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doors. There is nothing stated which warrants us in doubting that all the transactions were in good faith.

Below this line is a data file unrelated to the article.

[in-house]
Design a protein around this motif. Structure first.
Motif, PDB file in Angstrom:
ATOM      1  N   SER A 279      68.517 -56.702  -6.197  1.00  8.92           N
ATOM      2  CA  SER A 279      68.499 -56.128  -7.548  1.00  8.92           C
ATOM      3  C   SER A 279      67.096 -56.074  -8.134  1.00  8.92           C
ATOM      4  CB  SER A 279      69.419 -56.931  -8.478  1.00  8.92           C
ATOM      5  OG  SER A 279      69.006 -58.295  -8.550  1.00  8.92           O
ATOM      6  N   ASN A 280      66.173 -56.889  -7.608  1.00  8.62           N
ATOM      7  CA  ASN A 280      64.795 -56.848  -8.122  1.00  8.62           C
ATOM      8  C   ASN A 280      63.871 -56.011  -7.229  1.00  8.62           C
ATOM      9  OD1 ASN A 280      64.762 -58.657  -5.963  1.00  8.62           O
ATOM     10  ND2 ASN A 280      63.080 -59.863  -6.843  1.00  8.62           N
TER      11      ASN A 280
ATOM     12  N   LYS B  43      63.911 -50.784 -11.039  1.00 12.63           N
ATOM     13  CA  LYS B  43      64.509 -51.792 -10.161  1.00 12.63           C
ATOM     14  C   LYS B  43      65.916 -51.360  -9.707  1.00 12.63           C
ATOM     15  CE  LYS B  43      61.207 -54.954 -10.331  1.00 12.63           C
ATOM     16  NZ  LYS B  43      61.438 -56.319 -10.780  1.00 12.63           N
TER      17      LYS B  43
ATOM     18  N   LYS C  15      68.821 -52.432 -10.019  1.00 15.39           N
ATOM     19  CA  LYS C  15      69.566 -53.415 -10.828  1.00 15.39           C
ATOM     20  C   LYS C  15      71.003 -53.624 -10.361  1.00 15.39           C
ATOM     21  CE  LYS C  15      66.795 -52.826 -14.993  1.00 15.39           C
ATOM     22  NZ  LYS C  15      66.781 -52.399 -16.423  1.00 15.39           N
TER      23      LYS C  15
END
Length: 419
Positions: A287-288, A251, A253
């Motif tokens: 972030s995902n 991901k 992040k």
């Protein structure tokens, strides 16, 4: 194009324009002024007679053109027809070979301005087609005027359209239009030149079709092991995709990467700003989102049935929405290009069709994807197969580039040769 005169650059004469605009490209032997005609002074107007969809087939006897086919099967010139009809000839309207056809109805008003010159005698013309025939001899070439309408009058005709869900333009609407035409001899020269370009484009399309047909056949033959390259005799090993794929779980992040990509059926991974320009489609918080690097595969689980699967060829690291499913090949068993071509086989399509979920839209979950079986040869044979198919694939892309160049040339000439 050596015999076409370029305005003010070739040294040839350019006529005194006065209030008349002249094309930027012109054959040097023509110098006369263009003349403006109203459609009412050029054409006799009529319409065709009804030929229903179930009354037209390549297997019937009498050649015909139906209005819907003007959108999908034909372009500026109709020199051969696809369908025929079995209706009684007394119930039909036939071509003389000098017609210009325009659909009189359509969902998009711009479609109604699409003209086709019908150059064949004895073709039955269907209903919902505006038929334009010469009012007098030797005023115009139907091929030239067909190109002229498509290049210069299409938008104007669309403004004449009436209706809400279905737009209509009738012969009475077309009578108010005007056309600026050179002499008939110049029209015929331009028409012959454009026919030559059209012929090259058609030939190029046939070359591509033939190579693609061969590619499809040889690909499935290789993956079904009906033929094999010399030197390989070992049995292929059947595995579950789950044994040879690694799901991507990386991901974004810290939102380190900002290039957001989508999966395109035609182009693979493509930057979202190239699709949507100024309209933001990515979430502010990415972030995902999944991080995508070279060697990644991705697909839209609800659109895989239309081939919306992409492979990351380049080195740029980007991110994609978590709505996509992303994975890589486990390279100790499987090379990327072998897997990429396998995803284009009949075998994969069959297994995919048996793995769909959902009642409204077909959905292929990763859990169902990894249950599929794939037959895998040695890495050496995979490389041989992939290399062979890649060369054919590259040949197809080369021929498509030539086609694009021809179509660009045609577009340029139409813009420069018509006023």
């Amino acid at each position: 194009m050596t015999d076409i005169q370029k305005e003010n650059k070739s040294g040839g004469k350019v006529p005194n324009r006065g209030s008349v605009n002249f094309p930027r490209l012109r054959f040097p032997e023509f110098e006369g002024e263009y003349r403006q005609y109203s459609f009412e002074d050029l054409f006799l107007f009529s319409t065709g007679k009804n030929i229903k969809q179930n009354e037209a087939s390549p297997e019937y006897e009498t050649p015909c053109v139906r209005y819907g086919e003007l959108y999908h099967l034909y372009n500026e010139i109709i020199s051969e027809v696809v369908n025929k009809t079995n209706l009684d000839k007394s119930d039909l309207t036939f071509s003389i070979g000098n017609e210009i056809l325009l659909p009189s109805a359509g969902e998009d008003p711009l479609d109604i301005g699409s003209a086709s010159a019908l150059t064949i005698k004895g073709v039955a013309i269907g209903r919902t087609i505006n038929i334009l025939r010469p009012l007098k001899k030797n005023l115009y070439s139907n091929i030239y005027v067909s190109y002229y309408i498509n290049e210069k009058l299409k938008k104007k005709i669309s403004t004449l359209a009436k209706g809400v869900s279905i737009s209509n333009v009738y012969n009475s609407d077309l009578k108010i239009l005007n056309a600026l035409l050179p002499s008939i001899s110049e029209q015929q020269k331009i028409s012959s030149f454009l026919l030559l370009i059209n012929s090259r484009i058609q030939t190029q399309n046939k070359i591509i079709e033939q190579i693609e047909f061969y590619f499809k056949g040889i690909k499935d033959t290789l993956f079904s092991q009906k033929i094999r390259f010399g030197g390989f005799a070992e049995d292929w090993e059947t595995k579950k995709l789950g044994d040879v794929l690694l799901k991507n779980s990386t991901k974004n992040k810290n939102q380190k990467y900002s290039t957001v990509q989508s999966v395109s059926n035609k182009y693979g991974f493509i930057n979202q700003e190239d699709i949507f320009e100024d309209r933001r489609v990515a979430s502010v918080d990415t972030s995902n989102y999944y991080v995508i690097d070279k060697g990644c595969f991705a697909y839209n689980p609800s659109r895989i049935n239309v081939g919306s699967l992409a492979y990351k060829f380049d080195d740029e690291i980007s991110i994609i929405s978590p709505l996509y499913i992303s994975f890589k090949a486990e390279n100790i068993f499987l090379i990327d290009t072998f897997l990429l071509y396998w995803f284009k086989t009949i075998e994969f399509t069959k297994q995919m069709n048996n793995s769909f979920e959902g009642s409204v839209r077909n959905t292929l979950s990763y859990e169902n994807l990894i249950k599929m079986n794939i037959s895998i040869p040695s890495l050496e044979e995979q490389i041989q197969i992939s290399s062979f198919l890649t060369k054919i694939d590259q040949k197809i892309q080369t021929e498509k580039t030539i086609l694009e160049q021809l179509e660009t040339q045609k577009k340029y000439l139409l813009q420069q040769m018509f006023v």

Although the first question does not refer in terms to the statutes of Illinois, it is proper to add that we see no sufficient reason for denying to the place of storage the character of a public warehouse. "Public warehouses of Class C shall embrace all other warehouses or places where property of any kind is stored for a consideration." Rev. Stat. chap. 114, par. 121, § 2. These sweeping words embrace any place so used, whether owned or hired by the warehousemen; and, if so, they embrace as well a place hired of the owner of the goods as one hired of anybody else. See Sumner v. Hamlet, 12 Pick. 76; Gough v. Everard, 2 Hurlst. & C. 1. If we are right in this, then the indorsement of the receipts transferred the property in the leather by the express terms of the statute already referred to. Rev. Stat. chap. 114, § 24. If not, we should come to the same result by the common law; for even if we did not adopt the argument of Mr. Benjamin, to which we have referred above, against the earlier view of Blackburn on Sales, 297, followed in Farina v. Home, 16 Mees. & W. 119, still all the authorities agree that, if an assent in advance is not enough, yet, as soon as the bailee attorns to the assignee, the delivery is complete. The statement has not this point in view. But we should suppose that a fuller statement would make it plain that the warehouse company knew and assented to the transfers to the trust company, if that be material, which we do not imply. See also Union Trust Co. v. Trumbull, 137 Ill. 146, 173, 27 N. E. 24; Millhiser Mfg. Co. v. Gallego Mills Co. 101 Va. 579, 589, 44 S. E. 760; Gibson v. Stevens, 8 How. 385, 399, 12 L. ed. 1123, 1129.